8 Creative Ways to Improve Your Mental Health This Year 

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The mental health crisis in America only worsened during the Covid pandemic. According to a recent article in the Journal of the American Medical Association, three out of four adults reported increased alcohol use. The problem was most prevalent in women, with a 41% rise in heavy drinking, defined as four or more drinks within a few hours. 

Unfortunately, millions of people in our country remain without meaningful access to mental health treatment. Many Americans are uninsured or underinsured, and those who have coverage may not be able to take sufficient time off work to attend therapy sessions. You have to get a bit innovative to protect your psyche — here are eight creative ways to improve your mental health this year. 

1. Download an App

If you can’t afford the time, money or both for traditional therapy, perhaps there’s an app for that. You can find multiple versions on the market, some for free. Others require a modest investment, but they’re often a fraction of the price of conventional treatment. 

For example, apps such as Calm feature various exercises and meditations designed to address anxiety and depression. Many such apps allow you to track your mood daily, an indispensable tool for tracking your progress. Some, such as Talkspace, allow you to interact in real-time with licensed counselors via text and a limited number of virtual in-person sessions. 

2. Take a Hike 

Turn to the great outdoors to tame the restless soul. Research indicates that merely getting out in nature helps reduce feelings of stress and even increase productivity. 

If you don’t have a nature area near you, head to the park. Anywhere you can free yourself from linear shapes and enjoy green, uneven hues will make you feel calmer. Walking also reduces stress and anxiety, tapping into your natural flight reflex and moderating your cortisol levels. 

3. Write in a Journal 

Electronic communication is convenient, but it can also create problems. Who hasn’t shot off an email in the heat of the moment that they later regretted?

Instead, write your angry, negative or otherwise unpleasant thoughts in a journal. You can use this tool as a safety release to vent when doing so out loud would lead to unwanted consequences. 

You can also use journaling to help you accentuate the positive. Keep a gratitude journal — each night, write down one or two things you were thankful for during the day. Doing so consistently will gradually change your outlook. 

4. Dance

Dance is a glorious way to relieve stress. It could also help you preserve your cognitive abilities. 

Scientists investigated the effects of various activities on Alzheimer’s and dementia risk. Dance came out the clear winner, perhaps because of the neuroplasticity involved in following the steps and the endorphins and other positive neurochemicals released during physical activity.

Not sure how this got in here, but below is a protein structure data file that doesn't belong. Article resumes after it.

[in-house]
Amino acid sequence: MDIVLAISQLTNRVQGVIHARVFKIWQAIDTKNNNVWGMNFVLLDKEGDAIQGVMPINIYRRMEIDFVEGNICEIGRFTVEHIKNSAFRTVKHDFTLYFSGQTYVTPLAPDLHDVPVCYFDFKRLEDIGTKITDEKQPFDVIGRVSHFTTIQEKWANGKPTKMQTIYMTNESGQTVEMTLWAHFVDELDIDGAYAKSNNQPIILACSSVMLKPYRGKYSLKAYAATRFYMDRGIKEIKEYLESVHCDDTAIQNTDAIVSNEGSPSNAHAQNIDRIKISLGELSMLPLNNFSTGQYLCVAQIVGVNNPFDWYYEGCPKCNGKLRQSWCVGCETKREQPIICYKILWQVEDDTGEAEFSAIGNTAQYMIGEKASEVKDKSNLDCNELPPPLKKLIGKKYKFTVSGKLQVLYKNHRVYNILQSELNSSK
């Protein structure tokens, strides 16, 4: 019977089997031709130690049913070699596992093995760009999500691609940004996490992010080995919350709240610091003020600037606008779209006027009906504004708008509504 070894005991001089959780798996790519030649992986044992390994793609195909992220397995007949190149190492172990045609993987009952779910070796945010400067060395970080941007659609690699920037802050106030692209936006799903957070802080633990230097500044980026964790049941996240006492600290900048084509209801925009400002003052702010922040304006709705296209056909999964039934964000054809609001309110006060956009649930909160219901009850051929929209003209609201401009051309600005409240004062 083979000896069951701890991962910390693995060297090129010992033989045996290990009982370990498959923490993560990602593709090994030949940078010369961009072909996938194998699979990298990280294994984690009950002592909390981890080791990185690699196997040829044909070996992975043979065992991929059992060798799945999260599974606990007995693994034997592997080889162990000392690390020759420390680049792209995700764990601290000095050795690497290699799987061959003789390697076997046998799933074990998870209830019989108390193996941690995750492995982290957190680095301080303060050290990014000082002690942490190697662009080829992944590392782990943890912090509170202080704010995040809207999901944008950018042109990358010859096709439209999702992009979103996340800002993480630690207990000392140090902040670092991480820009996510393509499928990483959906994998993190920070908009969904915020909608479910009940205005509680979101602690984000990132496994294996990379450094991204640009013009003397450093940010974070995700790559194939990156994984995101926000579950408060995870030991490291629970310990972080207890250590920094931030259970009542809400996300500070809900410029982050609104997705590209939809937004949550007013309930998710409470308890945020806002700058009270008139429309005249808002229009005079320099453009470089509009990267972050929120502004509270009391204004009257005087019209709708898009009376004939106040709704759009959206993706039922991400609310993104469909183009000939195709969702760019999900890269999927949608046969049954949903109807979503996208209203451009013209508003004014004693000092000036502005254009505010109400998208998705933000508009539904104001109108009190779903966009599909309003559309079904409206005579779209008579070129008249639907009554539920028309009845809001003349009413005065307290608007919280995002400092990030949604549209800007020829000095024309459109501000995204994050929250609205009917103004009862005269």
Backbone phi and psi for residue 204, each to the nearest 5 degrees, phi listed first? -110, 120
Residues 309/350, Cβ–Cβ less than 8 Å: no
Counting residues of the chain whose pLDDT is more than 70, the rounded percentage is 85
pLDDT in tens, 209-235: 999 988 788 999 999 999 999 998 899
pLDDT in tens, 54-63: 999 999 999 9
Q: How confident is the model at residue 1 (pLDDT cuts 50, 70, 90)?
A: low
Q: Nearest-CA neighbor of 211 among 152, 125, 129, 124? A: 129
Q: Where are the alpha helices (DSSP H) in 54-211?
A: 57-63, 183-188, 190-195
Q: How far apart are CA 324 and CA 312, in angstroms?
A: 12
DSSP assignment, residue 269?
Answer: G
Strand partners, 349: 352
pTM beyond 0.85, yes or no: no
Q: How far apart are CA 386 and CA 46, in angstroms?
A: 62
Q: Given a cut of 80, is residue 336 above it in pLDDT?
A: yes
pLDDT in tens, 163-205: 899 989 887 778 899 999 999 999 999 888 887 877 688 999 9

5. Phone a Friend

Human beings are social creatures. They crave connection with others, and loneliness can kill, increasing the chances of death from all causes. 

Why not reach out to that old college roommate whom you haven’t heard from in years? Phone an older relative just to say hi and see how they’re doing? 

6. Take a Vacation

Many Americans don’t take enough — if any — vacation time, and it is crushing their mental health. We’re all humans, not robots, and we need downtime to perform at our best when we go hard. All this burnout is a driving force behind the Great Resignation. 

If you have the means, take a vacation. When you do, completely unplug. Set an auto-reply on your email and messaging accounts and either leave your devices at home or turned off — unless you need them to capture a picture of that gorgeous mountain or beach sunset.

7. Do Some Good 

It turns out that doing good for others helps you, too. Volunteering sets off a flood of positive neurotransmitters like dopamine and serotonin, instantly improving your mood. 

You don’t have to look far to find folks who need extra help these days. You can even find volunteer opportunities from home if you’re still isolated due to Covid, such as virtual text and phone banks. 

8. Practice Yoga 

Yoga has existed for thousands of years for a good reason — it works. Combining gentle body movements with deep breathing calms your central nervous system like few other activities. Best of all, you can find a style to suit nearly anyone. 

If you struggle with anxiety, you might need an outlet for all that restless energy. Try a high-endurance style such as ashtanga or vinyasa. 

Those who prefer to slow down and achieve calm might do better with a gentle yin class. Such classes are also ideal for those with chronic pain conditions, as this style stretches deep into connective tissues along with relieving muscle tension. 

Creative Ways to Improve Your Mental Health This Year 

The mental health crisis in America continues to grow. However, you don’t have to become a statistic, even if you lack the resources for care. Try one of these creative ways to improve your mental health this year and get back to feeling better.